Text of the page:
A Turkish court has sentenced a former army chief and other top brass to life in prison in a high-profile trial of 275 people accused of plotting to overthrow the Islamic-based government.
Police fired tear gas at protesters outside the court on Monday in a town near Istanbul as the verdicts were being delivered in the highly-divisive case.
Ex-military chief Ilker Basbug, along with several other army officers, were sentenced to life in prison, while 21 people were acquitted, according to the verdicts issued so far.
The trial has been seen as a key test in Prime Minister Recep Tayyip Erdogan’s showdown with secularist and military opponents during his decade-long rule.
The defendants were on trial on dozens of charges, ranging from membership of an underground “terrorist organisation” dubbed Ergenekon to arson, illegal weapons possession, and instigating an armed uprising against Erdogan and his Justice and Development Party (AKP), which came to power in 2002.
Tensions were high outside the high-security tribunal in the town of Silivri, near Istanbul, and hundreds of riot police fired tear gas to disperse some 1,000 protesters who had evaded a police barricade and attempted to march on the courthouse, an AFP reporter said.
Istanbul governor Huseyin Avni Mutlu had on Friday said that demonstrations outside the court would not be allowed.
Amid a heavy security presence, only the suspects, lawyers, journalists and members of parliament were allowed to enter the building for the hearing.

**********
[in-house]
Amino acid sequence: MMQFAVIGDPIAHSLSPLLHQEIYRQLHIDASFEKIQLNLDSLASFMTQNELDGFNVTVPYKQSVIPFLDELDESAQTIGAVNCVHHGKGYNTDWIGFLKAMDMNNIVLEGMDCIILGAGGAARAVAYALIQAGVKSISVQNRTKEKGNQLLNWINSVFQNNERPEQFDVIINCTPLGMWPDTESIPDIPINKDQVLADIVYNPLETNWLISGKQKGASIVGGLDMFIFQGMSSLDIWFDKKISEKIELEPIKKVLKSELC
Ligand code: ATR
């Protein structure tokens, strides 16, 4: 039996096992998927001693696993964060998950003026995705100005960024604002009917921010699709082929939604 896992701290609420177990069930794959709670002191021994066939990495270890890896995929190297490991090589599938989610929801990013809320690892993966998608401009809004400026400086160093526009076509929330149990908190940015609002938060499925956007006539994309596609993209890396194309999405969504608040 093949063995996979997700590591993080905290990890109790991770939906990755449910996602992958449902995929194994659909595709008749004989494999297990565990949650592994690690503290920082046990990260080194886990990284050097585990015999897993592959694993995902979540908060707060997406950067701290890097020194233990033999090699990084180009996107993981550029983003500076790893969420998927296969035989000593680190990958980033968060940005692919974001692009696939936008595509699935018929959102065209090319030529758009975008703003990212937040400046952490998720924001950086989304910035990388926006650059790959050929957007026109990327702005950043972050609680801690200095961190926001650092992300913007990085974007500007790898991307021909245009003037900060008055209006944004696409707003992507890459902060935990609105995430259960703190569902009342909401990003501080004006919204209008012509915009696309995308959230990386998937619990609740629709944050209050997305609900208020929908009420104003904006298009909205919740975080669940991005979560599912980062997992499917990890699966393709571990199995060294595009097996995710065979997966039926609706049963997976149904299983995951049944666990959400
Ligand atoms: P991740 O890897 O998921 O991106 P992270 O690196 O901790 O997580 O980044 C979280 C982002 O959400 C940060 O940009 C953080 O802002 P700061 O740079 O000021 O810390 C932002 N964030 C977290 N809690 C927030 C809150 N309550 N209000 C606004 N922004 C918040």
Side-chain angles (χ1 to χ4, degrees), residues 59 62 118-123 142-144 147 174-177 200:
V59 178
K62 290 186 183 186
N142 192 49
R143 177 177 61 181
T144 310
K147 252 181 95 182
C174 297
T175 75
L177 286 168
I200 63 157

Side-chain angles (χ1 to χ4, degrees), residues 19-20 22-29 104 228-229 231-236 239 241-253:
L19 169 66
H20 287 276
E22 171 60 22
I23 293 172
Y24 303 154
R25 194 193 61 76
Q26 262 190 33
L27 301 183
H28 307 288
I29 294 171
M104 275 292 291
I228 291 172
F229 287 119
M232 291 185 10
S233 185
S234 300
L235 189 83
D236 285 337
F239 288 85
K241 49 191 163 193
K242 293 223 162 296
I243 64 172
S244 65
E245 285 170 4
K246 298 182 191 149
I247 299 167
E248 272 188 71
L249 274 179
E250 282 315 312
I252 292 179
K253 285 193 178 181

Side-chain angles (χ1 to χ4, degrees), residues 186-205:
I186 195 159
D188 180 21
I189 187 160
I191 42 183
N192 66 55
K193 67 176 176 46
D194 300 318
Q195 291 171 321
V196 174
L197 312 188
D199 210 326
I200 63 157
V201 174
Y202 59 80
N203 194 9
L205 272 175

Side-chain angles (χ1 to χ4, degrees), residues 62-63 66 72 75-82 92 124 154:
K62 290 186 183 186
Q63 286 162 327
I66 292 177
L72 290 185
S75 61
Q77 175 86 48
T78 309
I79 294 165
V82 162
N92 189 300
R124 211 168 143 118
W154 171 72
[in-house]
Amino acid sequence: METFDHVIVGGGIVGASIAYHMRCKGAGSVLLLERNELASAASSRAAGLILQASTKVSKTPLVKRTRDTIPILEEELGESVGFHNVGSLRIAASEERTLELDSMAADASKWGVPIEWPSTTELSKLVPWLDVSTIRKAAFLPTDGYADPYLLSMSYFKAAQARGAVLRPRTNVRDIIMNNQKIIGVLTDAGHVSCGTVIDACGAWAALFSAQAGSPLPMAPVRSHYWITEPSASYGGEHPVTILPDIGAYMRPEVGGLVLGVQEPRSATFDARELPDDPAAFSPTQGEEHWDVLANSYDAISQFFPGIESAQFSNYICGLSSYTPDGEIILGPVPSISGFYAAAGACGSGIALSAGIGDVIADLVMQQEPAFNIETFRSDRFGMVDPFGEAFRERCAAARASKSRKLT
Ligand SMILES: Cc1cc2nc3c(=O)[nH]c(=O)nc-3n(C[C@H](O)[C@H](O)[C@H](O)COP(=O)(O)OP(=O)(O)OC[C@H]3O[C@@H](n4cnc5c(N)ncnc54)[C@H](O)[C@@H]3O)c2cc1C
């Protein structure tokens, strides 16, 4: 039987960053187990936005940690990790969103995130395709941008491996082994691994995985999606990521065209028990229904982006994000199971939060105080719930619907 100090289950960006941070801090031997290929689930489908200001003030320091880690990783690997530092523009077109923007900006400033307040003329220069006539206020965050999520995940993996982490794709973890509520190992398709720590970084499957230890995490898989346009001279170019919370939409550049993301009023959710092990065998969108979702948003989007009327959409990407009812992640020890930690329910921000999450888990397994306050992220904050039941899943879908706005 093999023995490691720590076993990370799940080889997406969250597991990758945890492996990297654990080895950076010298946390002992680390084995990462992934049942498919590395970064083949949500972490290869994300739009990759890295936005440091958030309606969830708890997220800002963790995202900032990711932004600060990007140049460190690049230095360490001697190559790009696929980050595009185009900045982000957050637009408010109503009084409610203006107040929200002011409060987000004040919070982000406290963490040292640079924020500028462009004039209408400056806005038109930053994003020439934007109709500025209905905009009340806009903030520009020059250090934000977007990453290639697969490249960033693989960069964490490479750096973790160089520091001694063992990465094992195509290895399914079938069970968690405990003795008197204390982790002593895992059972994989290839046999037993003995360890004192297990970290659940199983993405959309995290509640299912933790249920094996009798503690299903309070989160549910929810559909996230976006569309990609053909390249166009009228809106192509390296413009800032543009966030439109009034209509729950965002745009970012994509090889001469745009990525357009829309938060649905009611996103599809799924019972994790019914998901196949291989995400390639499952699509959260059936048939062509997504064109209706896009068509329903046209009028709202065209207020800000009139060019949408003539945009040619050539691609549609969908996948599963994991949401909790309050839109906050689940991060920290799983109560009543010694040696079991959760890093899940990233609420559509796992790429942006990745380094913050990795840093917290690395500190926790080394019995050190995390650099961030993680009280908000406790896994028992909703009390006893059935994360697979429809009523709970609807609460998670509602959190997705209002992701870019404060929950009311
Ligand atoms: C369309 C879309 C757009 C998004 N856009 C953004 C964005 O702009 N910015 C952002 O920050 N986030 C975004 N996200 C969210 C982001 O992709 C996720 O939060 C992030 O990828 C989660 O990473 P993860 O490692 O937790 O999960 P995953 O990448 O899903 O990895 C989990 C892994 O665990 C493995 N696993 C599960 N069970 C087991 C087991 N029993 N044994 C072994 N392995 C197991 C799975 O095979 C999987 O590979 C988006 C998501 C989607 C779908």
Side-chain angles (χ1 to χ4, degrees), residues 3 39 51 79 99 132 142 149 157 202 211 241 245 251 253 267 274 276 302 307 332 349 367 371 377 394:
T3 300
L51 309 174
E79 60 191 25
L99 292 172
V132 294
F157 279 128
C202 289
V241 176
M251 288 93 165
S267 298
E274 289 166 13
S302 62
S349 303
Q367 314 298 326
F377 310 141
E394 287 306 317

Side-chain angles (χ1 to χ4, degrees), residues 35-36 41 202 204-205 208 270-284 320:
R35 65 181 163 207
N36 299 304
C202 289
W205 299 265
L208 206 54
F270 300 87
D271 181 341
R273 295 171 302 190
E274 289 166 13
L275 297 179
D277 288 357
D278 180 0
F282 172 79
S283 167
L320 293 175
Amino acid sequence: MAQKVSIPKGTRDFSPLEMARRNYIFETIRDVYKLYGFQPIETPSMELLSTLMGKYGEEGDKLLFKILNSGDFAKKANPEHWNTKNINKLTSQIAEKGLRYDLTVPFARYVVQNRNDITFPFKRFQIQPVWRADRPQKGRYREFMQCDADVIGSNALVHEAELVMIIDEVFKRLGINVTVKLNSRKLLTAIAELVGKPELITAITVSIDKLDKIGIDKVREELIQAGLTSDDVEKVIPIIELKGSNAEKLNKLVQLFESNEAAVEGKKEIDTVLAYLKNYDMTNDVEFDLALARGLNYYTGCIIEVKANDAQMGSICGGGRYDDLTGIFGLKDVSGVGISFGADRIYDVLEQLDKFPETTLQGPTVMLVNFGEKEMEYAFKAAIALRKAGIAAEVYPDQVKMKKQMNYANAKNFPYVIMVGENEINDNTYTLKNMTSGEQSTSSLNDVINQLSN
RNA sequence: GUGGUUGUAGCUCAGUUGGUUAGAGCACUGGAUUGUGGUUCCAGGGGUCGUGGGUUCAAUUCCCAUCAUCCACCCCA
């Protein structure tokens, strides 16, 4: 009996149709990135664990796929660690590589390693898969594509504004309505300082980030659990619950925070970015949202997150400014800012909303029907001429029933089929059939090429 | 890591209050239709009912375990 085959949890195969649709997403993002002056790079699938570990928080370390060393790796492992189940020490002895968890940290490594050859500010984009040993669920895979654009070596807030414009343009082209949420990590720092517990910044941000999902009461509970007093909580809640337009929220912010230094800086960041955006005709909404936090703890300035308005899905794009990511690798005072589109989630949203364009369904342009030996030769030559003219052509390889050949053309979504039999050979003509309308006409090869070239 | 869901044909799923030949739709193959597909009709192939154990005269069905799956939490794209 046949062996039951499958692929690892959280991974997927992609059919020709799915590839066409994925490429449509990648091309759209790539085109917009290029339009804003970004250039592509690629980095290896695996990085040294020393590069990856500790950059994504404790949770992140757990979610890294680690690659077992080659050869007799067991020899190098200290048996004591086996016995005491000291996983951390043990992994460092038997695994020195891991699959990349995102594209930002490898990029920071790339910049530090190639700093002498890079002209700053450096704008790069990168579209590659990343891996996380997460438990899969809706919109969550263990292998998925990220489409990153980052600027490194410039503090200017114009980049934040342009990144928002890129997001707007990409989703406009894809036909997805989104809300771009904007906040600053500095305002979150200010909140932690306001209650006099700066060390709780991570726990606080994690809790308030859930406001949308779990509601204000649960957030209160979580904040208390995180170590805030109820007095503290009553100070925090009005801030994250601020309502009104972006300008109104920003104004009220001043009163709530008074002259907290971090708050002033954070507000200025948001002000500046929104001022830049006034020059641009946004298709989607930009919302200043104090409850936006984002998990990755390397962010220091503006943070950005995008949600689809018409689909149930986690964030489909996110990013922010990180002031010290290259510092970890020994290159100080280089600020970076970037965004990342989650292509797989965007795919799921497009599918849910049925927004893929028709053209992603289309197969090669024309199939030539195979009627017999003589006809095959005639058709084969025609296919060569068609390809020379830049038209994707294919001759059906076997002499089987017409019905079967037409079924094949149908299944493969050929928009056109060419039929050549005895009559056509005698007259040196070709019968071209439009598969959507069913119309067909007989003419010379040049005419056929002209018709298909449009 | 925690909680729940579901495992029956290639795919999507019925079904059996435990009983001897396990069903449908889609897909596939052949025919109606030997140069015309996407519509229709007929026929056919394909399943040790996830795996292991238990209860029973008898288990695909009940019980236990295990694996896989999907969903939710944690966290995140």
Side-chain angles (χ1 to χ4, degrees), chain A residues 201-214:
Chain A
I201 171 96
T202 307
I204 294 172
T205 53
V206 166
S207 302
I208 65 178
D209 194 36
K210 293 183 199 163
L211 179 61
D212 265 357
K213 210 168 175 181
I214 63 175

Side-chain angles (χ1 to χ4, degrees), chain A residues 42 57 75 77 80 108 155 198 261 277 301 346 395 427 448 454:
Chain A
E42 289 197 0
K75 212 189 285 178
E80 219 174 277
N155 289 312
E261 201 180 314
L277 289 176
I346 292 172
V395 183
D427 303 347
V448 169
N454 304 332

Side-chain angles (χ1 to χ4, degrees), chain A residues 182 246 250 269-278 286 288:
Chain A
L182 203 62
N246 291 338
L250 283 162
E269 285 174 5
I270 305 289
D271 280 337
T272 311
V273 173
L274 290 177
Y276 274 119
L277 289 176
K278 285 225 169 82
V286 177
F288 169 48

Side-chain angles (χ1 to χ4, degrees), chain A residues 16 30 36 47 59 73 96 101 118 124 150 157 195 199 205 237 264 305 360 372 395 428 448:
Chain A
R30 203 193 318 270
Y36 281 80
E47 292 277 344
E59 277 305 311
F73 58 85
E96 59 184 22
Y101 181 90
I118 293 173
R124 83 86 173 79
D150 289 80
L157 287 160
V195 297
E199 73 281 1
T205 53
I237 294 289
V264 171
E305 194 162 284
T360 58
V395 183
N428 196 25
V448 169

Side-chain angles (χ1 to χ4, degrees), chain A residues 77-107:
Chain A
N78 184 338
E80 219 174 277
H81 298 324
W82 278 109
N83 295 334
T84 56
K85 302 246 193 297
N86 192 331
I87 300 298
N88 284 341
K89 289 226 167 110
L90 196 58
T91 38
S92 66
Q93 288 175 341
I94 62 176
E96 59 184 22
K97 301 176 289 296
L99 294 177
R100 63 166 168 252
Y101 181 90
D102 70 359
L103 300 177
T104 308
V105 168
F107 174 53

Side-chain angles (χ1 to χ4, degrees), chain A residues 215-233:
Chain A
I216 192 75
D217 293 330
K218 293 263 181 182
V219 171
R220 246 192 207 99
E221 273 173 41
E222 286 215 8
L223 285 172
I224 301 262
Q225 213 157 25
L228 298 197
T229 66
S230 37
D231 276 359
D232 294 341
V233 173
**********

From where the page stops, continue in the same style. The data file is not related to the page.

“This trial is purely political,” Mustafa Balbay, one of the defendants, told an audience of MPs and journalists inside the courtroom.
“Today it’s the government which is convicted, not us.”
Basbug, 70, led Turkey’s military campaign against the rebel Kurdistan Workers’ Party (PKK) for many years, only to find himself accused in his retirement of having led a terrorist group himself.
The verdicts come after Turkey was rocked in June by mass protests that presented Erdogan’s government with its biggest public challenge since it came to power in 2002.
Police had earlier chased away a few dozen demonstrators waving Turkish flags and chanting “How happy is the one who calls himself a Turk,” referring to a saying by modern Turkey’s founder Mustafa Kemal Ataturk.
“I came here so that those people who have been behind bars for five years with no real proof against them are not left alone,” said Dogan Muldur, a retired Turkish Airlines pilot.
“There are a lot of fictitious crimes in the case but no proof,” he said.
“I came to fight injustice, to defend our rights. I am an ordinary Turkish citizen, I have no ties with the suspects,” added housewife Ebru Kurt.
“I am not saying that all the people in jail are innocent, but I am convinced that most of them have spent years in jail even though they have done nothing wrong.”
The 2,455-page indictment accuses members of Ergenekon – an alleged shadowy network of ultranationalists
trying to seize control in Turkey – of a string of attacks and political violence over several decades to stir up unrest.